Texts – Part II


I was reminiscing here about the Kol Bo Machzor that I use for the holidays. But this year, on the first day of Rosh HaShanah, I turned to a brand-new copy of the Koren Rosh HaShanah Machzor edited and introduced by England’s Rabbi Jonathan Sacks. I received it as an unexpected but perfect gift from one of the people with whom I learn and I was looking forward to using it on RH.

As an aside: Last year, when it first came out, I bought the Koren Siddur and I adore it. It’s a beautiful piece of book-making, just as a physical object, with clear print in both English and Hebrew, lots of white space on each page, and two fabric bookmarks for keeping one’s several places as one davens.

And it is groundbreaking in providing the Hebrew on the left side of the page and the English on the right. This means that both sides of the page well up out of the book’s centre, which strikes me as correct–both in terms of the reading eye and in terms of the idea of a book. I find that I consult the English side more freely in this siddur than I do in others, not only because of its placement, but also because the new English translation is miles above that found in the Birnbaum or (even worse) the Artscroll.

And the introduction by Rabbi Sacks, discussing the nature and forms of prayer in Judaism, is indispensable. It is packed with information as well as spiritual advice (given in a non-obnoxious way) and ideas that can be used as focal points while praying.

Well, suffice it to say, I’m a fan of the Koren siddur. So I was delighted to receive the Koren Machzor. And it embodies many of the virtues of its cousin. It is a fine production physically, with a beautifully designed cover and format. It also incorporates new English translations and it too features the English materials on the right-hand side of the page. And its pages are beautifully spaced and open, without the intrusive dots and blobs and grayed-out bits that spoil the Artscroll for me.

Most importantly, it has another terrific introduction that, while it overlaps a bit with the essay at the front of the Koren siddur, also contains a lot of original material specifically for RH, Like the siddur, it also has long annotations interspersed at various critical points in the text. The first time the shofar is blown, for example, there is a brief essay discussing the nature and role of shofar that is worth rereading and working up the sources. There are also bonuses like the mishnah tractate Rosh HaShanah with excellent translation and notes. But it’s not quite the all-encompassing compendium that my Kol Bo is.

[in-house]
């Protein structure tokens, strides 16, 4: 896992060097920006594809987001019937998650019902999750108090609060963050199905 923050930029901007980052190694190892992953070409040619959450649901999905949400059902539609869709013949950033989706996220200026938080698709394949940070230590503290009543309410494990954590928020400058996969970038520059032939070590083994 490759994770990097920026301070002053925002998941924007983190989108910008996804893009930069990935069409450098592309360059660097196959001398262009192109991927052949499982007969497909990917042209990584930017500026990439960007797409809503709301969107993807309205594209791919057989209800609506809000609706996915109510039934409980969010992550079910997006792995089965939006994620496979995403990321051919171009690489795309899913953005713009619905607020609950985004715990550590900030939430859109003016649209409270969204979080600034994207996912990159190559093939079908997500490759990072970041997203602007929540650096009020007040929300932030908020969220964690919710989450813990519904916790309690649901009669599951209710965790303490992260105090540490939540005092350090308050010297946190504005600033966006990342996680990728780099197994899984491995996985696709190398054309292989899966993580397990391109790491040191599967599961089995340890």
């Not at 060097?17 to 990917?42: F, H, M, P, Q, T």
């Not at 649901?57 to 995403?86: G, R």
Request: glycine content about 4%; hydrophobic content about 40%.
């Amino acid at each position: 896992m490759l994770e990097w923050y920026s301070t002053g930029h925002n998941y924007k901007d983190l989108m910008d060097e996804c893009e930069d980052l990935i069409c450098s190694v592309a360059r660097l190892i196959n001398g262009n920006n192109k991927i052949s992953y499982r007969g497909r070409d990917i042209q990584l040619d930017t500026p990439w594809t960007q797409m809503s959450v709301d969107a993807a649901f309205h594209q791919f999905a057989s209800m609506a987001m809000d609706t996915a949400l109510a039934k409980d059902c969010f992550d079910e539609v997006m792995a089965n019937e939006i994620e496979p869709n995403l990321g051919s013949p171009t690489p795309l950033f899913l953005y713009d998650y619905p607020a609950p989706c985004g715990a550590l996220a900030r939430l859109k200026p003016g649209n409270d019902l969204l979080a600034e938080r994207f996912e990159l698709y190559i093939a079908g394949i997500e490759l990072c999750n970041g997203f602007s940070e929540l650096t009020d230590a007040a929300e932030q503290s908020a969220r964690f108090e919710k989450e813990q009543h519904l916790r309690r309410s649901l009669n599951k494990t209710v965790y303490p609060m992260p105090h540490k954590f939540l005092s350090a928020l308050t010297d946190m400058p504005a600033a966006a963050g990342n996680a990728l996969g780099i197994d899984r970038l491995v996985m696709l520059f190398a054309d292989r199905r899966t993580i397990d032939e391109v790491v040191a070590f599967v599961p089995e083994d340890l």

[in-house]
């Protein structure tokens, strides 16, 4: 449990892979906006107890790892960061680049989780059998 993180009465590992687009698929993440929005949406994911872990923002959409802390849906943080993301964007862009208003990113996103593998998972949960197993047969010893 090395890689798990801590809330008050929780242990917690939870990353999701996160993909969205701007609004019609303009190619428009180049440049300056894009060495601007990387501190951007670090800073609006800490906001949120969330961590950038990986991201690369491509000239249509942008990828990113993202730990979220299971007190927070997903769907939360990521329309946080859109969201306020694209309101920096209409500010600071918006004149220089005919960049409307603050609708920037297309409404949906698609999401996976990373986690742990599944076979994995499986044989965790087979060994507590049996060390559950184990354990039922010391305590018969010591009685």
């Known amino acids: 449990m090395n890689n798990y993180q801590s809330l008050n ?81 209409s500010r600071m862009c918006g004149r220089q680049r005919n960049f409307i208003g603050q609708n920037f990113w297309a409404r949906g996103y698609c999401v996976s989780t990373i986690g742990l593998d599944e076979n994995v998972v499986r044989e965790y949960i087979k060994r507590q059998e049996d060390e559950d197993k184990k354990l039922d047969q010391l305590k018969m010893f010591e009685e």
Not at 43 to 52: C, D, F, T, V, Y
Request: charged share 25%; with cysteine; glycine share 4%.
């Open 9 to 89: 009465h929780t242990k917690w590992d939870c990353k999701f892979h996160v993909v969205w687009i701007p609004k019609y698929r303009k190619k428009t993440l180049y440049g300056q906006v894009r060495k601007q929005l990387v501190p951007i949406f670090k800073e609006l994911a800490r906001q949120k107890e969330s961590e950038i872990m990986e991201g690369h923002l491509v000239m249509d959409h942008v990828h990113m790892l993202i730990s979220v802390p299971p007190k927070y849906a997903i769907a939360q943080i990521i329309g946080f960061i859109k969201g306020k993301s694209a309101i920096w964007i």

It is a lovely object and I will certainly use it as a reference and a resource in coming years. But I don’t think I’ll daven from it. If I were starting fresh, I might well make it my regular machzor. But sentimentalist that I am, I am still attached to my old Kol Bo, though the pages are crowded and yellowing, the print is tiny for some parts, and the cover is falling apart. (The masking tape attached to the scotch tape attached to the plastic is coming off.)

I know this copy was held by my parents or my grandmother for many yomtovim after their arrival in North America, and I enjoy davening with the Yiddish taitsch. Nowadays, I’m more likely to use the Hebrew text to figure out the Yiddish taitsch than vice versa, as my Yiddish fades through lack of use, But it still feels good to engage in that nostalgic expression of Yiddishkeit, in every sense, that using the Kol Bo gives me. And, aside from keeping up my Yiddish, I think the Kol Bo is important because every translation is also an interpretation. God’s mercy is different than His rachmonis which is itself different from His rakhmanut. And yes, I know, those words are linguistically equivalent but they’re culturally distinct. There is only one God but sometimes I think I’m talking into different ears!

Have a sweet and beautiful 5772.

Shayna

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